One thing I liked: A-Rold serves a pretty ball, and when he gets time and the ball on his foot, he can deliver a dime. In the 86th minute he had time to look up and recognized the back-post run of Montero. Alex’s assist was a textbook curling pass, drawing the keeper off his line but giving Fredy multiple options with how to deal with it. As Seattle develops more cohesive final third play, these diagonal balls will be important to counter packed in defenses, and A-Rold has a good eye for backside runs.

One thing I didn’t like: Roldan was a bit of a mess defensively, losing runners down his wing on multiple occasions as well as struggling to mark his man when Cristian had to clear a ball off the line. With a slower player like Shane behind him, Alex needs to do better in dealing with sustained pressure and distributing with his left foot centrally, as these guys had some trouble in the first half connecting with teammates.

Going forward: Alex and Shane struggled defensively on the right at times, and Roldan seemed unable to deal with pressure on the sideline. It remains to be seen if a better team can press Seattle down the right into bigger problems, but for now A-Rold will want to limit his possession in tight spaces and look to accentuate his strong vision and early crossing to open up his role as wide facilitator.

Forward

Will Bruin – 7 | Community – 7.1 (off 71’ for Montero)

Bruin pushed up into a two-forward system and looked comfortable in the formation, dropping back to help support and link up, and the Sounders leveraged that pressure into some quality chances. Will had a mediocre first half, struggling to find his role in the offense, but he warmed up some in the second, combining better and ultimately showing off his skills to create a goal. He finished with three key passes and was a facilitator for others instead of a direct threat to goal.

One thing I liked: When Bruin plays to his feet and toward the ball, good things happen. Posting up, holding up the ball, linking with teammates, and passing vision are all strong points for Will, and he leaned on these more in the second half. This culminated in him coming to the ball, turning a defender, and slotting a nifty pass to a wide open Raúl Ruidíaz to score. When Bruin plays toward the ball, good things happen.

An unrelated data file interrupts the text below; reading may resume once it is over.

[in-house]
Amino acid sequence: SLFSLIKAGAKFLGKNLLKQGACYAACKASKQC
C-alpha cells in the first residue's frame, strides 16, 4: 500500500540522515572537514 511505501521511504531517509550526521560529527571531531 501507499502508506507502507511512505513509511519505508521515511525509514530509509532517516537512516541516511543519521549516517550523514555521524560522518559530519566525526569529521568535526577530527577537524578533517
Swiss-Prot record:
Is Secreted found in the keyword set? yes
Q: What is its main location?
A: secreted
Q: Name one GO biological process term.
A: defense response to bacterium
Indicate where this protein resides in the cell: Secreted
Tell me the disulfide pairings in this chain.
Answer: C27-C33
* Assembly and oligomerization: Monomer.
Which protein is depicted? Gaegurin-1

One thing I didn’t like: When Will plays away from the ball, he struggles. By this I mean, when a teammate has the ball and Bruin runs away, instead of checking to or posting up. Trying to flick into and run into space, looking for through balls to him or long diagonals just don’t work very well, and he kept trying to run away from the ball and forcing teammates to attempt through balls to him. Will has excellent feet and isn’t fast so it’s perplexing why he consistently asks for passes to spaces he can’t get to instead of to his feet where he can link up.

Going forward: Bruin played well and was a big reason why Ruidíaz found the space he had to work. The biggest advantage this system seemed to have was there were always more people in the box than in prior seasons and that meant the forwards were consistently in goal dangerous positions. Will must be more goal-dangerous as a forward, however, as he didn’t record a single shot.

Raúl Ruidíaz – 8 | Community – 8.0

Ruidíaz is a goal scorer. He is going to keep shooting and he is going to score in a lot of ways. Against Minnesota he was constantly finding the ball in dangerous positions and attacking the goal directly, while his partner Bruin did more facilitating. A lot of Raúl’s work was done off the ball, checking in behind and moving the center backs around, but he worked the ball effectively in a few hold up occasions and linked with Montero as well after his inclusion.

One thing I liked: Raúl didn’t hang his head after missing a PK; instead, he ratcheted up his pressure. He ended up putting five of his game-leading seven shots on goal, scoring two. The goals he scored were vintage Ruidíaz, with his brain doing most of the work. On each goal Raúl read the play perfectly, beat a defender to the open spot, and finished cleanly when handed beautiful passes from teammates. Neither goal was a high difficulty finish, but his effort to get to the right place made each even easier.

One thing I didn’t like: Got to make your penalty kicks. He had a golden opportunity in the 29th minute to put Seattle up in a half where the game was very tight, and Minnesota had the better of the ball. Gotta make it.

Going forward: Raúl isn’t one to dwell on a missed goal, nor is he going to care that his goals weren’t super difficult. What is important is he scored twice, looks as deadly as ever, and if anything, this formation might be giving him even more chances than prior. Adding in Nico will just increase his chances.

Substitutes

Fredy Montero – 7 | Community – 7.6 (on 71’ for Bruin)

I love Fredy and this was the return he deserved. He looked fantastic in his 20 minutes, immediately dropping into a Regista role, and controlling the Sounders attack beautifully. Moments after arriving on the field, he found a perfect pass to Cristian for Seattle’s third goal. He was continually distributing wide balls, opening the field, while also linking up with Raúl and others through the middle.